Ground Cover Supplement : GC Supplement - Grain storage 2015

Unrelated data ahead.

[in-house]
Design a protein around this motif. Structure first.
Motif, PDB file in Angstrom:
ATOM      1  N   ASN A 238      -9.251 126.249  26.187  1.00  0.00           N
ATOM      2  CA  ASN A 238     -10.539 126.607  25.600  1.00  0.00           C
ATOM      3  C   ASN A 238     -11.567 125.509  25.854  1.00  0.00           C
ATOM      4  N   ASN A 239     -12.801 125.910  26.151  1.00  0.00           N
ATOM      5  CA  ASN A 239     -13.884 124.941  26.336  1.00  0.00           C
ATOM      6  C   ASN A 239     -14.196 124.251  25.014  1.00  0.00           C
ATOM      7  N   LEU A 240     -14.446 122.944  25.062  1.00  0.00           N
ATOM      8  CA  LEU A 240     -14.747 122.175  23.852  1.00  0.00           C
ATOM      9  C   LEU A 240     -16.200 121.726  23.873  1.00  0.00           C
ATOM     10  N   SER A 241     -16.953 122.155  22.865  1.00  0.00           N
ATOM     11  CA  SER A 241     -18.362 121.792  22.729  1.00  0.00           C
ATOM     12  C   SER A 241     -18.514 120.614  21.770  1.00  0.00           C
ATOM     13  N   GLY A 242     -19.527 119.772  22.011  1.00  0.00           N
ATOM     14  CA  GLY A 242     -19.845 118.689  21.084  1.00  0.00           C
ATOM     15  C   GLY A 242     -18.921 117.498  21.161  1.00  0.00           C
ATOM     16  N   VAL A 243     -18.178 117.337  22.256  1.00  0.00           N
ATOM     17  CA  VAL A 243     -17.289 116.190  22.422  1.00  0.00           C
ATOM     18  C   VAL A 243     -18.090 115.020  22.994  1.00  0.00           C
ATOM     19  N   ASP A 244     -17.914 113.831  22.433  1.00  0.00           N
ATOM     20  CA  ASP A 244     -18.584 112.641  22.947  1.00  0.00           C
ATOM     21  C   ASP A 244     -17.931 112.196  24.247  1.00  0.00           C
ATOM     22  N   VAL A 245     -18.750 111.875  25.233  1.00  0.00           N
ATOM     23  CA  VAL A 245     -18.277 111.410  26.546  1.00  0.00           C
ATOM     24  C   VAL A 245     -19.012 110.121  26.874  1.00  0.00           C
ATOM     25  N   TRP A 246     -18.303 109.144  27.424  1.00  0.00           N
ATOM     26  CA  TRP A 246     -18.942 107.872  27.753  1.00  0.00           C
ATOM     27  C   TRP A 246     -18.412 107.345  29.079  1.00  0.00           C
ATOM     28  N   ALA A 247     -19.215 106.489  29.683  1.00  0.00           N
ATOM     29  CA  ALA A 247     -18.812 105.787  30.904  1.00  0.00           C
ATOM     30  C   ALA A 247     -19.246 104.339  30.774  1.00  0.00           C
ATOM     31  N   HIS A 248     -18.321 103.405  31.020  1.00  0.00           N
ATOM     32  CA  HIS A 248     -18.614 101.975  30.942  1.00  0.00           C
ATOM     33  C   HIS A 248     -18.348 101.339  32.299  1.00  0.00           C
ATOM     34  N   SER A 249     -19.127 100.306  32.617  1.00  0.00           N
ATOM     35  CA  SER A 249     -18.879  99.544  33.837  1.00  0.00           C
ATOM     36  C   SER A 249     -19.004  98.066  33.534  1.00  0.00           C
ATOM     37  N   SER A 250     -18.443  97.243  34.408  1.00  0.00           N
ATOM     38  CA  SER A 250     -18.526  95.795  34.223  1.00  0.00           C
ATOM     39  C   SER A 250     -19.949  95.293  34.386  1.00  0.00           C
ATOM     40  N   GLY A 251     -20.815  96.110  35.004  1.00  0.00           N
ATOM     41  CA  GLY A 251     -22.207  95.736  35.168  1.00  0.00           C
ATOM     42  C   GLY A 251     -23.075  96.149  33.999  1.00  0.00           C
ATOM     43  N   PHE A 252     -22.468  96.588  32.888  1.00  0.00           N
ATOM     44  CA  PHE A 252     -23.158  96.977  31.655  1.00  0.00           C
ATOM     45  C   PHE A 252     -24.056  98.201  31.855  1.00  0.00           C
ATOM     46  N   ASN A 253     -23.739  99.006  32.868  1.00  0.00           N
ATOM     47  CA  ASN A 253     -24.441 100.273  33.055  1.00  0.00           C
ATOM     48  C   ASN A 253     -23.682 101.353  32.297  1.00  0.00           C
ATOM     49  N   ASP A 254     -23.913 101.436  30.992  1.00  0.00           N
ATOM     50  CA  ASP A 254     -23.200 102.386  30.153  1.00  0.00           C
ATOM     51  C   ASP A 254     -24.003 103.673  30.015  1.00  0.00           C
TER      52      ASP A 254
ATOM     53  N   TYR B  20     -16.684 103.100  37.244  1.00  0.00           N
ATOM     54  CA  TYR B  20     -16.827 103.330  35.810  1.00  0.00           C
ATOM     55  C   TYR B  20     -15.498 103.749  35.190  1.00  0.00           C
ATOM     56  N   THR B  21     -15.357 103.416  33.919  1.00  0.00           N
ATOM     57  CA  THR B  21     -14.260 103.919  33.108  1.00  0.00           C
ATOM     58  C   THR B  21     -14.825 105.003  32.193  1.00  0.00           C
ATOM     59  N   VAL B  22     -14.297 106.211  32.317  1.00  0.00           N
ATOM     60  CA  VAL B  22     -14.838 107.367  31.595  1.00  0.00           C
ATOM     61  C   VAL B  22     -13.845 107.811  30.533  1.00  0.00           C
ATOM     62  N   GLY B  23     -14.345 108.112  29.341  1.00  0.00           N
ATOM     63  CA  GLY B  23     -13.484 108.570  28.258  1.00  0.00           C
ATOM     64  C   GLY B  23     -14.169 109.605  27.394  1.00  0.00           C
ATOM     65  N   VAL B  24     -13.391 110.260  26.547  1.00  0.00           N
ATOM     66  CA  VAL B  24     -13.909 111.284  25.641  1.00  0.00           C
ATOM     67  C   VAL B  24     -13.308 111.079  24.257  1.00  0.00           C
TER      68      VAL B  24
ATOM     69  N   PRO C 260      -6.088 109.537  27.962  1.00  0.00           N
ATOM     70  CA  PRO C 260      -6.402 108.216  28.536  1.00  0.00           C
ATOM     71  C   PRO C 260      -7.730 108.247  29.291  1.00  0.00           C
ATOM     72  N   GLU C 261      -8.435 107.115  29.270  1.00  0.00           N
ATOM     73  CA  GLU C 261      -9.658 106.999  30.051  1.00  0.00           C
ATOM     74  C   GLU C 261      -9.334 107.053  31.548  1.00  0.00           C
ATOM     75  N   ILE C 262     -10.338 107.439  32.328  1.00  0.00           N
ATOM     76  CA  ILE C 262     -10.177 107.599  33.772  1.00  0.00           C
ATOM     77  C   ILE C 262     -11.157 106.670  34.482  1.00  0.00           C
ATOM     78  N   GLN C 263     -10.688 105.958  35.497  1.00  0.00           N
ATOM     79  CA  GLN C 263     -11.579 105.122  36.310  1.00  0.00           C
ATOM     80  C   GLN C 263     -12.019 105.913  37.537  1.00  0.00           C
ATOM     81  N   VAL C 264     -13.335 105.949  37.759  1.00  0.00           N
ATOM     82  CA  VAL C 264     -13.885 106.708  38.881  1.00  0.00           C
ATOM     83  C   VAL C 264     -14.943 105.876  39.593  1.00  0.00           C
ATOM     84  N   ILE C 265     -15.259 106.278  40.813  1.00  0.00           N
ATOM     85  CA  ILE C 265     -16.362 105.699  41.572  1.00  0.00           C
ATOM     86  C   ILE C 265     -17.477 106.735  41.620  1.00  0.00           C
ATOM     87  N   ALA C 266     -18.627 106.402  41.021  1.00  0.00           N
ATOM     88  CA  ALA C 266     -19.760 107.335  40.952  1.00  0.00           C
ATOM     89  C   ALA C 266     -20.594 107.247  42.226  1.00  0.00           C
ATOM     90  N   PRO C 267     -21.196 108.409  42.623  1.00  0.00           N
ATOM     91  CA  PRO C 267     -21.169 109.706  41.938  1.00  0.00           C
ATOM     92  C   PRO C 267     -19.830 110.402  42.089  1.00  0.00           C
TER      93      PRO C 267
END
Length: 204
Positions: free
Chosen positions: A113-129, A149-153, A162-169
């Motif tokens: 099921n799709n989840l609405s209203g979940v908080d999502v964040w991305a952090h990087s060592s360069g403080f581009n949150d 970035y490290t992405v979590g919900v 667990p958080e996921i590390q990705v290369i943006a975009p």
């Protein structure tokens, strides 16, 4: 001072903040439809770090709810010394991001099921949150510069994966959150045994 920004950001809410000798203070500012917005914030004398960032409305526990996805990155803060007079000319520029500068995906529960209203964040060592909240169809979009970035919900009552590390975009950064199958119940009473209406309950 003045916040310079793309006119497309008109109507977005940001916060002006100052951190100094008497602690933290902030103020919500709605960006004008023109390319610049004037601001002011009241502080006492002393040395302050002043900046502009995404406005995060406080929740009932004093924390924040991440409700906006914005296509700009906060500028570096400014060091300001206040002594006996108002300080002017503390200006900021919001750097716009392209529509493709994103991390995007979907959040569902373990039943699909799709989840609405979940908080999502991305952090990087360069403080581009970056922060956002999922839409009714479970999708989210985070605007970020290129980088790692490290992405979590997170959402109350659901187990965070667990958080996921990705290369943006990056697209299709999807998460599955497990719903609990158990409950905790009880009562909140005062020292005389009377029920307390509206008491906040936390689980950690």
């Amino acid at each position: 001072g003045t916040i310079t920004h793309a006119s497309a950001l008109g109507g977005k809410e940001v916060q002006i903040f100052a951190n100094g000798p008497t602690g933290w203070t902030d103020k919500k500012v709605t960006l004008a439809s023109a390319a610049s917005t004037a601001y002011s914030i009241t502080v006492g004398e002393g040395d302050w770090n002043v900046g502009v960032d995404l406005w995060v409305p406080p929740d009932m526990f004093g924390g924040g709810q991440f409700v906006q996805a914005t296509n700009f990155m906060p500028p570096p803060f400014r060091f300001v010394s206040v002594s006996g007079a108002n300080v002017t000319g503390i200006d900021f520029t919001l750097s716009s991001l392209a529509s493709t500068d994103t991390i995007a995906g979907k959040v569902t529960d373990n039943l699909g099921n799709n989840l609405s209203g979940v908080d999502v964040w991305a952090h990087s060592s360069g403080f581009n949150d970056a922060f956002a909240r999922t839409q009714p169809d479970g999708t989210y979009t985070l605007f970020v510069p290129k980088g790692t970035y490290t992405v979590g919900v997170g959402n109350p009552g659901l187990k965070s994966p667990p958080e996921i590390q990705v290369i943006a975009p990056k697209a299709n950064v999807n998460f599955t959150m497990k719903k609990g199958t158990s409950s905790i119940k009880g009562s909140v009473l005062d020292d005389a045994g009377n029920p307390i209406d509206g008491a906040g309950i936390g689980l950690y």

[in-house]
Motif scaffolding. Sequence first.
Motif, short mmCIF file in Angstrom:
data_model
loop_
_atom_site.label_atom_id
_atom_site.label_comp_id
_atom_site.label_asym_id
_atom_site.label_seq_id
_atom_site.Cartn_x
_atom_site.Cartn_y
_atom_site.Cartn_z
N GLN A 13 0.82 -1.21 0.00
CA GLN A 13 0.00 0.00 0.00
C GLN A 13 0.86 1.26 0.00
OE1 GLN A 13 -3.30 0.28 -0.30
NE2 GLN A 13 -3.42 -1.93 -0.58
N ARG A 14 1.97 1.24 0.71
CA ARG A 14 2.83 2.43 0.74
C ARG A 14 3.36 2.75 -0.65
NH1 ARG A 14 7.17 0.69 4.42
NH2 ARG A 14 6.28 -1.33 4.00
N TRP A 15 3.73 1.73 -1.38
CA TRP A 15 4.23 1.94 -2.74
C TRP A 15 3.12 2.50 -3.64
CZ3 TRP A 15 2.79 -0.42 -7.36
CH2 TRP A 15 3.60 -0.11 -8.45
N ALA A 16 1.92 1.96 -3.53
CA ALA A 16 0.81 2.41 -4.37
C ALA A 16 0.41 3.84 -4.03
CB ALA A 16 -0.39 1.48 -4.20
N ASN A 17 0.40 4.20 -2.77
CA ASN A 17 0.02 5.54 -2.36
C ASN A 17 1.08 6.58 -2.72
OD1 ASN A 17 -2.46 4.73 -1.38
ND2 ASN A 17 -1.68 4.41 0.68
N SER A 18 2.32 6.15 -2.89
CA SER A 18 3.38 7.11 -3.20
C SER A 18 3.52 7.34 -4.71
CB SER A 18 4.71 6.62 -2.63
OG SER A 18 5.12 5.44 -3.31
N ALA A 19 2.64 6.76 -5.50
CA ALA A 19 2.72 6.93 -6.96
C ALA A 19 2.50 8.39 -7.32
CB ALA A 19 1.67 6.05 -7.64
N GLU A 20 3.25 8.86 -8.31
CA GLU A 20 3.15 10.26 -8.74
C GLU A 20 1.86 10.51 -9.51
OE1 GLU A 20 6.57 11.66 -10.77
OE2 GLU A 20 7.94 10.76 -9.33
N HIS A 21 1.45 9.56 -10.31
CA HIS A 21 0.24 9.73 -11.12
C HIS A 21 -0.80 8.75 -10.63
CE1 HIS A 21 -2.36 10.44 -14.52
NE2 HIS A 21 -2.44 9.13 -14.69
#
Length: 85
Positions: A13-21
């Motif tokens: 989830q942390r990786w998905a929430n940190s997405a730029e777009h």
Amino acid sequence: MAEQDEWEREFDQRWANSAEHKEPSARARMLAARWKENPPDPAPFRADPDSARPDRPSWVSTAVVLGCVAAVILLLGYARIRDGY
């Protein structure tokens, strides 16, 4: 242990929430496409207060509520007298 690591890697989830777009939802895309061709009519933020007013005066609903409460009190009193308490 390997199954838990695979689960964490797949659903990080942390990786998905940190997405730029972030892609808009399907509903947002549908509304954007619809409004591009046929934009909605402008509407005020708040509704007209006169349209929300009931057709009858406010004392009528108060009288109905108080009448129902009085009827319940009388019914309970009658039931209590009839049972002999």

10 Aeration cooling SOLAR-POWERED AERATION COOLING SHOWS PROMISE By Nicole Baxter INDEPENDENT ENGINEERS AND grain storage specialists have demonstrated that the sun’s energy can be harnessed to keep silos that are located away from a mains power supply cool and insect-free. Tests in a 75-tonne silo at Wyalkatchem, Western Australia, 200 kilometres north- east of Perth, by independent engineers Ben White and Josh Giumelli and grain storage specialists Chris Warrick and Peter Botta showed it is possible to build an energy-efficient, solar- powered, aeration-cooling system. The GRDC-supported project, led by Ben White, found aeration-cooling systems in 75t silos typically use 0.37-kilowatt, 240-volt motor-driven radial fans, which deliver about 200 litres of air per second at 200 pascal static head backpressure. This equates to a fan efficiency of about 1850 watt-seconds/m3 . For maximum efficiency, Mr White and his team selected a backward-inclined, curved blade centrifugal motorised impeller fan with an electronically commutated (EC) brushless direct-current motor. With this combination, specific fan power at comparable flow rates and backpressure was reduced to 560 watt-seconds/m3 , a 330 per cent efficiency improvement on standard fan motors usually suggested for grain aeration cooling. The use of an EC motor prevented the application of an off-the-shelf aeration control system, so the research team customised a solution to meet its requirements. “The controller uses two internal thermocouple temperature sensors embedded in the grain and selects the hotter of the two. This temperature is then compared with the external ambient temperature,” Mr White says. “If the external ambient temperature is lower than the grain temperature, and the ambient relative humidity is below 80 per cent, the controller engages the fan at the nominated operation speed. Alternatively, the fan can be set to run continuously, except when ambient relative humidity exceeds 80 per cent.” To accommodate the fan, a manhole access door was modified to extend into the silo, allowing the fan to be mounted inside with a large open-area free-flowing plenum attached. To collect sunlight energy, four 260W multi-crystalline solar panels were chosen to provide a total array size of 6m2 . For superior longevity at higher depth of discharge ratios, the team selected Absorbent Glass Mat (AGM) batteries. Mr White says these batteries offer charging rates five times higher than flooded deep-cycle cells and are more resilient to deep-cycle depth of discharging. To manage panel energy and prevent overcharging the batteries, a 48V power management system including a 3000W pure sine-wave inverter was chosen. This was wired through a 240V power distribution board to provide a 240V outlet to run the aeration fan and controllers. For testing, the components were mounted into and on top of a trailer with custom-built battery and solar- panel storage for transport, internal electrical inverter and panel mounting. On site, the panels were mounted at 30 degrees to the horizontal. In the silo, airflow was distributed via the customised scroll surrounding the fan impeller and a plenum designed to minimise backpressure and maximise open area to about 0.3m2 . The silo was filled with Scope A barley and airflow rates across a range of fan speeds and power draws were measured when the silo was half-full and full. Airflow performance was found to be acceptable, with results showing the system could effectively cool barley to 15oC. While the results for the prototype are encouraging, Mr White says further refinement of the components would be needed to suit specific silo applications. He also encouraged the use of a licensed electrician to ensure correct fitting of electrical components. □ GRDC Research Code BMW00001 More information: Ben White, 0407 941 923, firstname.lastname@example.org REDUCED PEST BURDEN SLOWS RESISTANCE Growers in Western Australia are driving research to improve biosecurity and grain quality By Catherine Norwood PHOSPHINE RESISTANCE IS a very real challenge for Western Australian growers, with eight populations of stored-grain insects (predominantly red grain beetles) with strong resistance confirmed in the state. A resistant population in the Mingenew region, identified in 2014, has sharpened the focus of local research into aeration strategies to improve grain-protection practices. The Mingenew–Irwin region, 380 kilometres north of Perth, has had its own grower-funded group committed to research for the past 20 years. In 2013, the Mingenew–Irwin Group (MIG) partnered with the University of Western Australia and the Kondinin Group, with support from the GRDC and the Plant Biosecurity Cooperative Research Centre (CRC), in a three-year project to assess the effectiveness of aeration in improving the quality of stored grain in the region. MIG takes in 320,000 hectares and has more than 200 members who represent 95 per cent of growers in the region. The town of Mingenew is home to the largest inland receival point in the Southern Hemisphere, handling 500,000 tonnes of grain a year worth $150 million, mostly for export. The emergence of phosphine resistance is a major concern for MIG. Executive officer Sheila Charlesworth suggests it could cost the state bulk handler, CBH, as much as $40 million a year in alternative treatments if phosphine was to fail as an effective fumigant. While aeration will not kill insects, the MIG trial has already demonstrated that it can considerably slow insect life cycles and reduce insect burdens – by an average of 60 per cent in seed grain stored in aerated silos, compared with adjacent control silos. Reducing the insect burden is part of the national strategy to prevent the spread of phosphine resistance. A financial cost–benefit analysis that included the cost of the aeration equipment PHOTO:BENWHITE A power source trailer was custom-designed and positioned to maximise solar capture.